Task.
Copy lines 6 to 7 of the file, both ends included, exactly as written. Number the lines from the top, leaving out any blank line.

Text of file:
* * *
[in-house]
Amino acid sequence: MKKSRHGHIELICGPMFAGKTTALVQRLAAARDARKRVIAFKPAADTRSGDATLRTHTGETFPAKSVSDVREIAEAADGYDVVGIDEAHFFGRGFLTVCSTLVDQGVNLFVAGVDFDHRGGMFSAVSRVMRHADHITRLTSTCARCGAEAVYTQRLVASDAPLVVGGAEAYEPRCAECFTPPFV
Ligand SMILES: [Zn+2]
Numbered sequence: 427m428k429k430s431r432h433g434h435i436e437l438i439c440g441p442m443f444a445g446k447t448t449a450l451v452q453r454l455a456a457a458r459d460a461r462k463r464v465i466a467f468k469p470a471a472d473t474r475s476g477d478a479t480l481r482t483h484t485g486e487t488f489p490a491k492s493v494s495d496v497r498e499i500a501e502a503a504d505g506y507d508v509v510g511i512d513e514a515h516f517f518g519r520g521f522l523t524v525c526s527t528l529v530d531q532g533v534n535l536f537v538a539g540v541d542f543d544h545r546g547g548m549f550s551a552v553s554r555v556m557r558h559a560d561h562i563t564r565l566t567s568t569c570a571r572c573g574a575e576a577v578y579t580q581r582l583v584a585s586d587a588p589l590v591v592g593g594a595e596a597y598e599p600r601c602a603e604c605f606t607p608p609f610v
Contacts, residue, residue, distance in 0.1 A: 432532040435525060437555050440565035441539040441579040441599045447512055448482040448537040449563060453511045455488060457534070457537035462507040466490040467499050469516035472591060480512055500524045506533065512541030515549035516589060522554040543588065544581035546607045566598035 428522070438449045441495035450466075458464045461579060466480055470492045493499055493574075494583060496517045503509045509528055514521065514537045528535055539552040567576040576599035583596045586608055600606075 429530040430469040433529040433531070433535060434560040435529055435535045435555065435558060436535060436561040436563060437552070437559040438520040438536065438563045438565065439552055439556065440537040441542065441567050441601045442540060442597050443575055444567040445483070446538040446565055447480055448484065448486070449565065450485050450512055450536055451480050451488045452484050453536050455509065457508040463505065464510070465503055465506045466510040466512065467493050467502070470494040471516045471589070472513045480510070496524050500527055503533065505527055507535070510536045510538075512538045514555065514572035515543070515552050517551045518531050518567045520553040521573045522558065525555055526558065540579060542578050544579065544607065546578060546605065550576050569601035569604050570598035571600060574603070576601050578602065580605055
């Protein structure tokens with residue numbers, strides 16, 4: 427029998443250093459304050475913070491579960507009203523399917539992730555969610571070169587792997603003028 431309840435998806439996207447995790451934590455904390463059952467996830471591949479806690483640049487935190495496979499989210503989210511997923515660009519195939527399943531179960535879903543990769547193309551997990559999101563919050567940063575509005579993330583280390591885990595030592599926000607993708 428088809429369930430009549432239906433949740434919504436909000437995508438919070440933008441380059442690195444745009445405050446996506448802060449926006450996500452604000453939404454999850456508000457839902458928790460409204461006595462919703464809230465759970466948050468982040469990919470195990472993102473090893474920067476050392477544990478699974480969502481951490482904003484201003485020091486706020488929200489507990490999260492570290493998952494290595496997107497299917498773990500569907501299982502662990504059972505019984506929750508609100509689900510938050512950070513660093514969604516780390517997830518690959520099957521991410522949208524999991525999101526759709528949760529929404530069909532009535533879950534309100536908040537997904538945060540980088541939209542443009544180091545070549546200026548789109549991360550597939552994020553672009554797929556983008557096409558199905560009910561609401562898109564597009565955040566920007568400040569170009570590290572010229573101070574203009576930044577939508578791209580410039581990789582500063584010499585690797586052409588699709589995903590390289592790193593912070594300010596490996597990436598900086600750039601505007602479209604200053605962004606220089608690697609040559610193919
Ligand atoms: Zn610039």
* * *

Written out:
């Protein structure tokens with residue numbers, strides 16, 4: 427029998443250093459304050475913070491579960507009203523399917539992730555969610571070169587792997603003028 431309840435998806439996207447995790451934590455904390463059952467996830471591949479806690483640049487935190495496979499989210503989210511997923515660009519195939527399943531179960535879903543990769547193309551997990559999101563919050567940063575509005579993330583280390591885990595030592599926000607993708 428088809429369930430009549432239906433949740434919504436909000437995508438919070440933008441380059442690195444745009445405050446996506448802060449926006450996500452604000453939404454999850456508000457839902458928790460409204461006595462919703464809230465759970466948050468982040469990919470195990472993102473090893474920067476050392477544990478699974480969502481951490482904003484201003485020091486706020488929200489507990490999260492570290493998952494290595496997107497299917498773990500569907501299982502662990504059972505019984506929750508609100509689900510938050512950070513660093514969604516780390517997830518690959520099957521991410522949208524999991525999101526759709528949760529929404530069909532009535533879950534309100536908040537997904538945060540980088541939209542443009544180091545070549546200026548789109549991360550597939552994020553672009554797929556983008557096409558199905560009910561609401562898109564597009565955040566920007568400040569170009570590290572010229573101070574203009576930044577939508578791209580410039581990789582500063584010499585690797586052409588699709589995903590390289592790193593912070594300010596490996597990436598900086600750039601505007602479209604200053605962004606220089608690697609040559610193919
Ligand atoms: Zn610039």